Stimulus can be awesome if what you're investing in has a specific long-term utility. Building highways is a good example. The stimulus puts people to work, and after the economy recovers, you've got a road to show for it that will enhance productivity.

Housing credits are a different animal, particularly if the homes purchased with the credits are preexisting units. Existing homes are simply shuffled around between owners. All that comes from this are transaction costs and a few extra bucks in the old owners' pockets -- both of which yield a low "multiplier" in economic parlance. It should come as little surprise, then, that some of the biggest supporters of this program were real estate agents. Megahomebuilders like Beazer Homes (NYSE: BZH) and DR Horton (NYSE: DHI) also got a boost from buyers who used the credit to contract new homes. But it's right to question whether stimulating the construction of new homes is the right thing to do during a time when the problem is that there are too may homes out there.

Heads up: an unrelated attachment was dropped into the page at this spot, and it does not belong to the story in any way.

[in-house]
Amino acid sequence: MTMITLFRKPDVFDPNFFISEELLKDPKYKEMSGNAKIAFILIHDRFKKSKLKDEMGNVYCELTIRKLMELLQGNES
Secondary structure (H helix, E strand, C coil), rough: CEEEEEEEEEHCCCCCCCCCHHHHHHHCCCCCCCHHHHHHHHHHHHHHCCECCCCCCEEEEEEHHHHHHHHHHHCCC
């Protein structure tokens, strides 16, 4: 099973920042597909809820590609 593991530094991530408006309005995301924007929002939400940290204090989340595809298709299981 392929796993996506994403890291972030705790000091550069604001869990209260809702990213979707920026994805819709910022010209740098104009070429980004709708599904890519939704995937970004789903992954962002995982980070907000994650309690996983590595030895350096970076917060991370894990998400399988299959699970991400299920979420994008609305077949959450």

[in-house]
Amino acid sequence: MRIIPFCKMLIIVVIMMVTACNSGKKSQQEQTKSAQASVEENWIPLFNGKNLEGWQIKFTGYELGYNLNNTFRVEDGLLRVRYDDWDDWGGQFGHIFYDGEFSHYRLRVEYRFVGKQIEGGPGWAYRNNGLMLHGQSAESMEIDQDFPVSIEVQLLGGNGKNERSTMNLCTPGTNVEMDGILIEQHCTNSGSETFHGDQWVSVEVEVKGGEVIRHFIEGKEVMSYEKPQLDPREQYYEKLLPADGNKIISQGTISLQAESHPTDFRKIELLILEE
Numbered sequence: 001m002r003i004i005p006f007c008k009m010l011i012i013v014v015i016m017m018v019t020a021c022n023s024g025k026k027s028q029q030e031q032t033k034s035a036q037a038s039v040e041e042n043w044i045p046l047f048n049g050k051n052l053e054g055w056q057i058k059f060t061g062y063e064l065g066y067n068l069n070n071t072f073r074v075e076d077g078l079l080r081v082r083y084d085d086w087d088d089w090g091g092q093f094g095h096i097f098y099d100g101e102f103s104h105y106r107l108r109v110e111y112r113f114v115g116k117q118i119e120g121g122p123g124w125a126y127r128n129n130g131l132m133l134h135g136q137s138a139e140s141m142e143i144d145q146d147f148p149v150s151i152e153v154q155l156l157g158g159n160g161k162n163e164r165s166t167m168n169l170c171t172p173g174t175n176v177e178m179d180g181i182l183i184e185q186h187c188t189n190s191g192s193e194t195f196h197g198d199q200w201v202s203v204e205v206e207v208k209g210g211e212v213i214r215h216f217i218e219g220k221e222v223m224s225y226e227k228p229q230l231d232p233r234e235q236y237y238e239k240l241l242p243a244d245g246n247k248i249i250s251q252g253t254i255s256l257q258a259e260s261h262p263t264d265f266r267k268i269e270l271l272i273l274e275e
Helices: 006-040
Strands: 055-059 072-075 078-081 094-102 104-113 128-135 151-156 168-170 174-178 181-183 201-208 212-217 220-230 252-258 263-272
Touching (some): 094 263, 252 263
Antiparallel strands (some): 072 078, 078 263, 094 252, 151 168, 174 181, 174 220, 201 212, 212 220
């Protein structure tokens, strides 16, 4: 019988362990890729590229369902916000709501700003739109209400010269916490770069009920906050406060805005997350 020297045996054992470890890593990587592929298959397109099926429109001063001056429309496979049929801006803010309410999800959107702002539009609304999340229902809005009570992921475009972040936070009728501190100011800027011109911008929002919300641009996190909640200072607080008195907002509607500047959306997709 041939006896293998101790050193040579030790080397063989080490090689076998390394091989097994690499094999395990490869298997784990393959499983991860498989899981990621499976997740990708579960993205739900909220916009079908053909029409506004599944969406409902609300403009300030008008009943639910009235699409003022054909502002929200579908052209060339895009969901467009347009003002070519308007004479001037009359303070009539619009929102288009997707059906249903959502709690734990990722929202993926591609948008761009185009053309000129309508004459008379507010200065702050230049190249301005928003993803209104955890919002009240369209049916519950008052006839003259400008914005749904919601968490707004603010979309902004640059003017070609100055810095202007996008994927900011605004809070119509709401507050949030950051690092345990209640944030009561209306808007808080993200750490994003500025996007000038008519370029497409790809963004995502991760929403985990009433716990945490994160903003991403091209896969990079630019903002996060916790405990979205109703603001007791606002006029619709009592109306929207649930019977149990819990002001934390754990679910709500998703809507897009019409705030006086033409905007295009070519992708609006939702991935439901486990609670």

Better luck next time
There's little doubt that housing is healthier today than it was even a year ago. We've made giant strides toward normalcy. In the end though, I think history will look back on the housing credit program as an impediment, not driver, of this recovery.

Check back every Tuesday and Friday for Morgan Housel's columns on finance and economics.

Fool contributor Morgan Housel doesn't own shares in any of the companies mentioned in this article. The Fool has a disclosure policy.